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Garressa Smith As Administratrix and v. Officer Dean Grandsen

November 14, 2011


The opinion of the court was delivered by: Honorable Joseph E. Irenas

IRENAS , Senior District Judge:


This matter comes before the Court on Defendant City of Camden's Motion for Summary Judgment. *fn1 (Dkt. No. 62) For the following reasons the Motion will be granted in part and denied in part.


There are several witnesses to the events that gave rise to this lawsuit; however, there are two distinctly different accounts of those events. For the purposes of this Motion, the Court must resolve all factual discrepancies in favor of the Plaintiffs. *fn2

On the night of December 21, 2007, Officer Dean Grandsen was a Camden City Police Officer on patrol near the 200 block of Pfeiffer Street in Camden, New Jersey. (Pl.'s Br. Opp. Grandsen's Sum. J. Mot. 1, Dkt. No. 64 ) At around 10:30 PM, Grandsen observed Kashon Smith, and his cousin, Kaysha Mitchell, crossing the street towards the side yard of the home located at 200 Pfeiffer Street. ( Id. at 3) By cutting through the side yard, the two could arrive at a friend's house located at 2114 Jones Street. ( Id. at 11) Smith, aged sixteen, was carrying a grill fork, appeared heavily intoxicated and was visibly upset over what was later discovered to be romantic complications. ( Id. at 4)

Once Smith and Mitchell had reached the side yard, Grandsen exited his vehicle, drew his duty weapon and engaged Smith. ( Id. at 5) Grandsen ordered Smith to drop the grill fork several times. ( Id. ) Although Smith did not drop the fork as instructed, Smith was not abusive or aggressive. ( Id. ) Witnesses located on the porch of 200 Pfeiffer pleaded with Grandsen not to shoot Smith. ( Id. They evidently did not think Smith was a danger. ( Id. ) At this point, Grandsen was approximately nineteen feet from where Smith stood. ( Id. )

After repeating the order to drop the fork two to three times, Grandsen shot Smith on the right-hand side of his torso. ( Id. ) Upon impact, Smith grabbed his torso and dropped the fork. ( Id. at 7) Smith was still nineteen feet from Grandsen. Grandsen again shot Smith in the torso at which point Smith collapsed face-down in a mulch bed. ( Id. Grandsen approached the bleeding Smith, handcuffed him and left Smith face-down in the mulch bed. ( Id. at 8)

At approximately 10:35 PM and shortly after the shooting, supervising officer Defendant Jeffrey Frampton arrived on the scene. (Pl.'s Br. Opp. Frampton's Sum. J. Mot. 2, Dkt. No. 65) Frampton ordered Officer Wright, the only other officer present, to drive Grandsen to the hospital. ( Id. at 3) Although Frampton observed that Smith was handcuffed face-down and in need of medical attention, Frampton waited ten more minutes to call the paramedics and left Smith unattended. ( Id. ) Both handcuffing Smith face-down and leaving him unattended were violations of police protocol. ( Id .) Frampton did not examine Smith to determine the severity of the situation. ( Id. at 10) No officer administered first aid to Smith or repositioned Smith face-up. ( Id. at 4)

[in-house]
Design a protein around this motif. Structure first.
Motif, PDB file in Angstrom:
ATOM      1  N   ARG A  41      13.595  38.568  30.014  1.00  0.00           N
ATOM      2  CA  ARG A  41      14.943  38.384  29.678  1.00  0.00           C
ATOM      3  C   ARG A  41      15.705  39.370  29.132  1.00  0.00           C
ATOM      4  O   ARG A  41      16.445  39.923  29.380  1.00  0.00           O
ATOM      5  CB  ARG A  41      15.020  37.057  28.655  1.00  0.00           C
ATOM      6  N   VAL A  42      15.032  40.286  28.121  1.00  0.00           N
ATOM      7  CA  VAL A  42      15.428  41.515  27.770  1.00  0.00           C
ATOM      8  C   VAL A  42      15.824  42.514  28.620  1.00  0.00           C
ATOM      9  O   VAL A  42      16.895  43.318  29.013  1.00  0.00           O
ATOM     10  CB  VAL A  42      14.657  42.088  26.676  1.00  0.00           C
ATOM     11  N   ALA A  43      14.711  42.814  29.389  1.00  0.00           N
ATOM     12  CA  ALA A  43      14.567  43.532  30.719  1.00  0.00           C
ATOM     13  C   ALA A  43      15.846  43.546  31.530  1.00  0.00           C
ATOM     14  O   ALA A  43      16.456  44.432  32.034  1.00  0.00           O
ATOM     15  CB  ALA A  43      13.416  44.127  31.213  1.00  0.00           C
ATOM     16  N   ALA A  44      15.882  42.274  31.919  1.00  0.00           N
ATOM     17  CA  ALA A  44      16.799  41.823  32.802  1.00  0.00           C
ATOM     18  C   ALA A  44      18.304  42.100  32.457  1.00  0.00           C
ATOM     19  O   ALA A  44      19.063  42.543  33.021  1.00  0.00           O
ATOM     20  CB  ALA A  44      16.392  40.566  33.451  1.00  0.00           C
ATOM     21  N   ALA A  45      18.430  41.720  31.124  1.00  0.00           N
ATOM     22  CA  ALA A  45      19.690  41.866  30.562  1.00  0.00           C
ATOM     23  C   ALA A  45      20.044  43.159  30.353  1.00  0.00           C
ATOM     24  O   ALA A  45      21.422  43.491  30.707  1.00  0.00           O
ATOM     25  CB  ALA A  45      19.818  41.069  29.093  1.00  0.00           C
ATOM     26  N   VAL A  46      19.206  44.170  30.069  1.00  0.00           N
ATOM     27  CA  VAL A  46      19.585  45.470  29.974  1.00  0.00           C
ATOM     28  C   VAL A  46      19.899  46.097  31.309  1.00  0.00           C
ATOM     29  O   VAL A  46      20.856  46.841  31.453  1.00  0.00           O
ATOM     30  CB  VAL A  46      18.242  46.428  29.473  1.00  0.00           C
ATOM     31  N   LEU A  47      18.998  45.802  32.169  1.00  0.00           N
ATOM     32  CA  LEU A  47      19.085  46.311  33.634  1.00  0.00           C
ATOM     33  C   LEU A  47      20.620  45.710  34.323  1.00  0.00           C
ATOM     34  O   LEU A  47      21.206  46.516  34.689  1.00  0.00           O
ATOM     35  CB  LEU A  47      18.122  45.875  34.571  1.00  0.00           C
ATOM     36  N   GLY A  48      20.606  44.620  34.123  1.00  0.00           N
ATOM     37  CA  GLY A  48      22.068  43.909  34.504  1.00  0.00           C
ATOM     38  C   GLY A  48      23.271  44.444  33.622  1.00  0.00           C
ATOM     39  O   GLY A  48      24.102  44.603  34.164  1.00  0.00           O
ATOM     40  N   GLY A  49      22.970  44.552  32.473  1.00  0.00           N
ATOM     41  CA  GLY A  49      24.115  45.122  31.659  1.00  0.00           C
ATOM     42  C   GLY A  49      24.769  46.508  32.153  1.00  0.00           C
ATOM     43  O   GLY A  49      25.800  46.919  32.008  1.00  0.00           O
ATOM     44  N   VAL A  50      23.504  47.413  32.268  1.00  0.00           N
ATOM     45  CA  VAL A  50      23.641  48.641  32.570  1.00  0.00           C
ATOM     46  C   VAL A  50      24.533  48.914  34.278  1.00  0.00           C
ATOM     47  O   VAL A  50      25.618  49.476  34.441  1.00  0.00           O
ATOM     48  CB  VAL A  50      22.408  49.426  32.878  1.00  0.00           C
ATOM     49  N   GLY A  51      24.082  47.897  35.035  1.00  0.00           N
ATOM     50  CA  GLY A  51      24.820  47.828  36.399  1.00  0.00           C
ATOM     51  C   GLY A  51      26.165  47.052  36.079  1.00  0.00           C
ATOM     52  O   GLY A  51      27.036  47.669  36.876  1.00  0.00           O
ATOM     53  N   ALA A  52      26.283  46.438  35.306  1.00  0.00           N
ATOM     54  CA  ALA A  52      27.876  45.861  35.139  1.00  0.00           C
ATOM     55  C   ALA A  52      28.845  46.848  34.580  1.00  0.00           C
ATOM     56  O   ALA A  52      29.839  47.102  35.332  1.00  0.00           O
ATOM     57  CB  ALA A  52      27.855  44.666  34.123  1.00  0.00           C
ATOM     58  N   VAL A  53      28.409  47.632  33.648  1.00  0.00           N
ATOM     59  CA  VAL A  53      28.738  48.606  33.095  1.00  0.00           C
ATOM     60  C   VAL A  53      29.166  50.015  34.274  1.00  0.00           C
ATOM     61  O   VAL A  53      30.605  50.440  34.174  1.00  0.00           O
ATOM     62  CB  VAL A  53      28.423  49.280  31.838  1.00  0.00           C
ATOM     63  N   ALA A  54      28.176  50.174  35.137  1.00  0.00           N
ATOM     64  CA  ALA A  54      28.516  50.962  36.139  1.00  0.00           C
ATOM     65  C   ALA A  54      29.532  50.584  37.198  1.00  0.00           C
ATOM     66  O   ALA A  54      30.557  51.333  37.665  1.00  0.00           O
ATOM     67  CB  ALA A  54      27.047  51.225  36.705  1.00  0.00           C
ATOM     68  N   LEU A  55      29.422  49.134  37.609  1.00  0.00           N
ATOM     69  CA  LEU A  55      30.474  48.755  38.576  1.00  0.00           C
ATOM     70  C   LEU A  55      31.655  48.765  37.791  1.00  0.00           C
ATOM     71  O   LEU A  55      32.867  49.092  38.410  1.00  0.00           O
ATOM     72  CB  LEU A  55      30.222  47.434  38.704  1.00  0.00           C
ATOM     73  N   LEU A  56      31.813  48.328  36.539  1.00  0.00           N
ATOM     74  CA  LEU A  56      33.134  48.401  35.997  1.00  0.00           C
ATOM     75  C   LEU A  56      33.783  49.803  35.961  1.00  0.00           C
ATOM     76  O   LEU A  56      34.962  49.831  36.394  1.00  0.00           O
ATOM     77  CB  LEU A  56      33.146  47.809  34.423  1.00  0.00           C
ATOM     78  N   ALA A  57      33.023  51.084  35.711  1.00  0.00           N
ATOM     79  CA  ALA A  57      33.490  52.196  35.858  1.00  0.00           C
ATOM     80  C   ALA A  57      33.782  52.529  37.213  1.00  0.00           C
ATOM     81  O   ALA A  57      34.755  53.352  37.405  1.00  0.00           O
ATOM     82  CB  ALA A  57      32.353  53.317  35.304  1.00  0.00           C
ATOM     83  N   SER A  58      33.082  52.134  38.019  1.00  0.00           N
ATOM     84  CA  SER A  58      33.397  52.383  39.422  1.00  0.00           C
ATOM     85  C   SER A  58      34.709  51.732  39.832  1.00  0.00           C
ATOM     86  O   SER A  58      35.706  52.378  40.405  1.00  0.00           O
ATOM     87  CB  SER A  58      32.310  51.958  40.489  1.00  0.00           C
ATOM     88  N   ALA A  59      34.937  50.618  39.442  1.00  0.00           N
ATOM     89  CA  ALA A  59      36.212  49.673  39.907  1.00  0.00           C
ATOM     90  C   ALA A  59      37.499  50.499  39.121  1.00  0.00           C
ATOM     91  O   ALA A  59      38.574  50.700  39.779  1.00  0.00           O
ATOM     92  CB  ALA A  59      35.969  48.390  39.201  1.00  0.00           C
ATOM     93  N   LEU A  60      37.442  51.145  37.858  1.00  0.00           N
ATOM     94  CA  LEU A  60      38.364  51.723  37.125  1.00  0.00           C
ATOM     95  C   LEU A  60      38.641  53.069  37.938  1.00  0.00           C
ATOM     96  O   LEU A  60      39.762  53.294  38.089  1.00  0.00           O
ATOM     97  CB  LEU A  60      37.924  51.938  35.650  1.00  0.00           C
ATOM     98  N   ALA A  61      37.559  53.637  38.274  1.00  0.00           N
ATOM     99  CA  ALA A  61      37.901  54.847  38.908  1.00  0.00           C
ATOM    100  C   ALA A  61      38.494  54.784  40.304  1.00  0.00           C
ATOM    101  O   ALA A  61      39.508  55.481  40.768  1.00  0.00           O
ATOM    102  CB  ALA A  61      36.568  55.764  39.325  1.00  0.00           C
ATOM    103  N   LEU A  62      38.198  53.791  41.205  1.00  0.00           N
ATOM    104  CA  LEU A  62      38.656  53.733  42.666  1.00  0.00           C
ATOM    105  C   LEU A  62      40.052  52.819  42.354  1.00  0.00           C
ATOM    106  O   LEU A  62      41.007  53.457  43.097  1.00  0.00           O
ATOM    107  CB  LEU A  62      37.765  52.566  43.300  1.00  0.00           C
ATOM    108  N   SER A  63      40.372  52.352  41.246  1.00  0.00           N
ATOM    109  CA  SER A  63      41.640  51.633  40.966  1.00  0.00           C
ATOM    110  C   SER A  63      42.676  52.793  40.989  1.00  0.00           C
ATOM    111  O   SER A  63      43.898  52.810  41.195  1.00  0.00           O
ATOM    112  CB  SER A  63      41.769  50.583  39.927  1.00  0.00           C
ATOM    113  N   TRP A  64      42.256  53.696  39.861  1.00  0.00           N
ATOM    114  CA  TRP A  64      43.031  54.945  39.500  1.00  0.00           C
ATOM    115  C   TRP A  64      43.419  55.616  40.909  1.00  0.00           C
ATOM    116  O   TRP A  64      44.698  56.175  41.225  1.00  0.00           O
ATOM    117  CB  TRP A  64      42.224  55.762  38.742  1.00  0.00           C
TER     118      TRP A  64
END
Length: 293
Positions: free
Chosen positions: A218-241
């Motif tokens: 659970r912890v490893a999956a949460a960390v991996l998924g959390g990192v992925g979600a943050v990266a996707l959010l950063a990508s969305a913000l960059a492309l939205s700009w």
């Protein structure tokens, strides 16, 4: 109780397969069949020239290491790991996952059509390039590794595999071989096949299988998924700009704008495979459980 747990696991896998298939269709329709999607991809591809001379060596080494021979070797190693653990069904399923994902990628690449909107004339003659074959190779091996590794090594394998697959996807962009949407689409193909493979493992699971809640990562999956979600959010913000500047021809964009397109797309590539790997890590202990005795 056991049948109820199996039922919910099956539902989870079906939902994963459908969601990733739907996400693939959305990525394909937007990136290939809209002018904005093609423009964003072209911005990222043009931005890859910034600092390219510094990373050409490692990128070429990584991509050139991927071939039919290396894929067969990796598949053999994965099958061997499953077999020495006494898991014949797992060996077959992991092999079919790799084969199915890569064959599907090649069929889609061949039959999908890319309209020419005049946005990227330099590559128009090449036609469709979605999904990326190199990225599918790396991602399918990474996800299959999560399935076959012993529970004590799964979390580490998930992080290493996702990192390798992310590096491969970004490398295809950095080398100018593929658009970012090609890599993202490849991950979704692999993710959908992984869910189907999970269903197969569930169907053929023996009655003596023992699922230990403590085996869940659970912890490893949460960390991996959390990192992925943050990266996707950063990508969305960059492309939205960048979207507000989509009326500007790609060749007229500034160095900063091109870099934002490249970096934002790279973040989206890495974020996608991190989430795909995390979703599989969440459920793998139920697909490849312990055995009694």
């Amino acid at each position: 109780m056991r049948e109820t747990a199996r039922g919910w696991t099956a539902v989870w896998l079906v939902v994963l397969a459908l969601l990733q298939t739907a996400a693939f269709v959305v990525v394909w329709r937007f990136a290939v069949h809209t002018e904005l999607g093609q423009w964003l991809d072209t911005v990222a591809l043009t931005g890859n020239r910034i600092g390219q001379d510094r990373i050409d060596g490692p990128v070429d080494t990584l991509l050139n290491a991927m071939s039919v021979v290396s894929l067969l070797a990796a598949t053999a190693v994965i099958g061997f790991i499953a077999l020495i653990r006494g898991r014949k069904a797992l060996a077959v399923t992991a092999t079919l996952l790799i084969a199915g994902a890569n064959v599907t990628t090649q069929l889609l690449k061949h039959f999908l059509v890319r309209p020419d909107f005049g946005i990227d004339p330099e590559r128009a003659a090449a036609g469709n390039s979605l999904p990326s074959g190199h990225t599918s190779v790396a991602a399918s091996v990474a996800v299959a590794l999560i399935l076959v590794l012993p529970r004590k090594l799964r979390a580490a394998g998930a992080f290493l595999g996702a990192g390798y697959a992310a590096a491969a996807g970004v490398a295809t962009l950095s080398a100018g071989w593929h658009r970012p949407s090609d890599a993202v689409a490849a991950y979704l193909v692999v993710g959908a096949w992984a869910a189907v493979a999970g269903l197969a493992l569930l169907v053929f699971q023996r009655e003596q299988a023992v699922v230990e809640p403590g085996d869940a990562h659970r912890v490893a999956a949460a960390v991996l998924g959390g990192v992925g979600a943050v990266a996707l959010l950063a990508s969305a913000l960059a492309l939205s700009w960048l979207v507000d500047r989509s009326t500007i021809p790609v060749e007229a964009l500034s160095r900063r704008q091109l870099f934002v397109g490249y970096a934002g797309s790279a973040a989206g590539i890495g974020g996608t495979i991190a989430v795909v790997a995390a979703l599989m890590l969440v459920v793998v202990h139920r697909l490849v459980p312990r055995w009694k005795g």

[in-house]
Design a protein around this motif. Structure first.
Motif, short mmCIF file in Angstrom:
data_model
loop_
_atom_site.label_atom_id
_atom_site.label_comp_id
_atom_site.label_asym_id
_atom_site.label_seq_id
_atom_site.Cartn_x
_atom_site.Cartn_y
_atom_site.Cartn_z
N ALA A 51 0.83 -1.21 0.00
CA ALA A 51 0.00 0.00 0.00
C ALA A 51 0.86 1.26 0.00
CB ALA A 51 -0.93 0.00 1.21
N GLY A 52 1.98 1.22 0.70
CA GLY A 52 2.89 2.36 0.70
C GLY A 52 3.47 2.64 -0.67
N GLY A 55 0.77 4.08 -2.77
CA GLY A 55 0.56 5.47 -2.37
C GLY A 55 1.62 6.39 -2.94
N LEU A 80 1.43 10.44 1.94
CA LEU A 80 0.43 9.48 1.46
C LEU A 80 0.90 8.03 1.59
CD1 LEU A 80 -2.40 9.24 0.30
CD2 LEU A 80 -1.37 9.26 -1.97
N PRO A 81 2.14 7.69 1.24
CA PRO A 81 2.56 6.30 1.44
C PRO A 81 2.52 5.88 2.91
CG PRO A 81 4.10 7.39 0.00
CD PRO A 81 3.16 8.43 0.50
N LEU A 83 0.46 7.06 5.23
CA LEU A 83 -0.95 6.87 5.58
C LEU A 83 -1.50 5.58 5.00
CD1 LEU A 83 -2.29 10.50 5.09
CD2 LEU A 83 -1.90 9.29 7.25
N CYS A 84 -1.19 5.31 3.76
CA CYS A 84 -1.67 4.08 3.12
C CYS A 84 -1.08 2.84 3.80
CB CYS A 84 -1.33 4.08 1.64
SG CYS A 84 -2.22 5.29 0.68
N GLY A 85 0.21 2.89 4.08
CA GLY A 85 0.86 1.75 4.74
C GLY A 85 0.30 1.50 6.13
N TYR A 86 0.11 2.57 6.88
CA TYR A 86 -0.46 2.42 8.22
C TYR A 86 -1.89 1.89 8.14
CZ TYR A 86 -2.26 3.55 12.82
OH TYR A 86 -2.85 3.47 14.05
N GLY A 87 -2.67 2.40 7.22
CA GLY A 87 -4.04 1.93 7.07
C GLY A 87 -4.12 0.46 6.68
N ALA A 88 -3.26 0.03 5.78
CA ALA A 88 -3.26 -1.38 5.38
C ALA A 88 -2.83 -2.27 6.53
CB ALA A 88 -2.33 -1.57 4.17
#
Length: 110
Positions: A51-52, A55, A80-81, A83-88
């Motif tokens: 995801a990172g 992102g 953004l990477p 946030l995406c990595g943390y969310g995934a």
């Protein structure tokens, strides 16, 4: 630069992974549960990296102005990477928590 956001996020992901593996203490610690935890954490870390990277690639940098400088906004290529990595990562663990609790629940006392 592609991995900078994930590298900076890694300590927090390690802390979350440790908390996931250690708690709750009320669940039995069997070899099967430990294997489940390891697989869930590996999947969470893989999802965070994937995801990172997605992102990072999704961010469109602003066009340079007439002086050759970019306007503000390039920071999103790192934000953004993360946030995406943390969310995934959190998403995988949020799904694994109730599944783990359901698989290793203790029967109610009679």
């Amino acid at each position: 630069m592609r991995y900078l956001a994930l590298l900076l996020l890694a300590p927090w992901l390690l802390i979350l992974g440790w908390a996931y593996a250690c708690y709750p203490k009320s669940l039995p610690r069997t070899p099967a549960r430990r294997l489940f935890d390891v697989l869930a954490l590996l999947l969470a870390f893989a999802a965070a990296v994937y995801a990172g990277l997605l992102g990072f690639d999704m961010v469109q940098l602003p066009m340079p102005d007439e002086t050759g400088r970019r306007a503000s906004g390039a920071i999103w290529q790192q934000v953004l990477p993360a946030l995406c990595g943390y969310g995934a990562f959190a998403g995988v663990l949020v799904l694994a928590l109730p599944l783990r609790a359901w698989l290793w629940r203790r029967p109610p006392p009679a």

Kaysha and Coron Mitchell, cousins to Smith aged sixteen and nine respectively, witnessed the entire episode in horror. ( Id. at 28) They saw Grandsen shoot Smith and about twenty-five to thirty officers who eventually arrived at the scene do nothing while Smith laid handcuffed face-down in the mulch. ( Id. )
At 10:51 PM, approximately sixteen minutes after Grandsen shot Smith, the Basic Life Support Team ("BLST") arrived. ( Id. at 4)) BLST Marilyn Rodriguez noted that Smith was unconscious and mulch was "preventing [Smith] from having a clear or patent airway." ( Id. , Ex. 13 at 25) Despite requests from the paramedics, police officers at the scene refused to remove Smith's handcuffs to facilitate medical treatment.

On the way to the hospital, no police officer accompanied Smith in the ambulance pursuant to police protocol. ( Id. at 6) As a result, the paramedics could not remove Smith's handcuffs to administer IV fluids. ( Id. ) Had a police officer accompanied Smith in the ambulance, Smith could have been handcuffed to the railing of the stretcher without compromising security. ( Id. at 7) Smith could then have received potentially lifesaving IV fluids. ( Id .)

At 10:55 PM, Smith arrived at Cooper University Hospital. At this point, the trauma surgeon demanded that the handcuffs be removed, which took an additional twenty minutes. ( Id. , Ex. 20 at 2) Smith did not receive IV fluids until 11:20 PM. At 12:04 AM, Smith passed away. According to Dr. David Flash, Smith's chances of survival were "markedly reduced by his being face down with debris in his mouth thus drastically interfering with his respiratory efforts, and by the lack of any fluid resuscitation until he arrived at the hospital." ( Id. , Ex. 20 at 3) Dr. Flash further opined, "[h]ad Mr. Smith not had his airway obstructed and had been given earlier intravenous fluids, there was a possibility of survival." ( Id. )

After these events, the Camden City Police Department did not perform an internal investigation. *fn3

(Pl.'s Counter-Statement of Facts at ¶ 38, Dkt. No. 70)

Nevertheless, Frampton had amassed a total of thirty-five internal investigations as a result of civilian complaints over the course of his career. ( Id. at ¶ 42) Although only one such complaint was sustained, several reports recommended further training and counseling. ( Id. at ¶ 45) Despite these recommendations, Frampton never received ...

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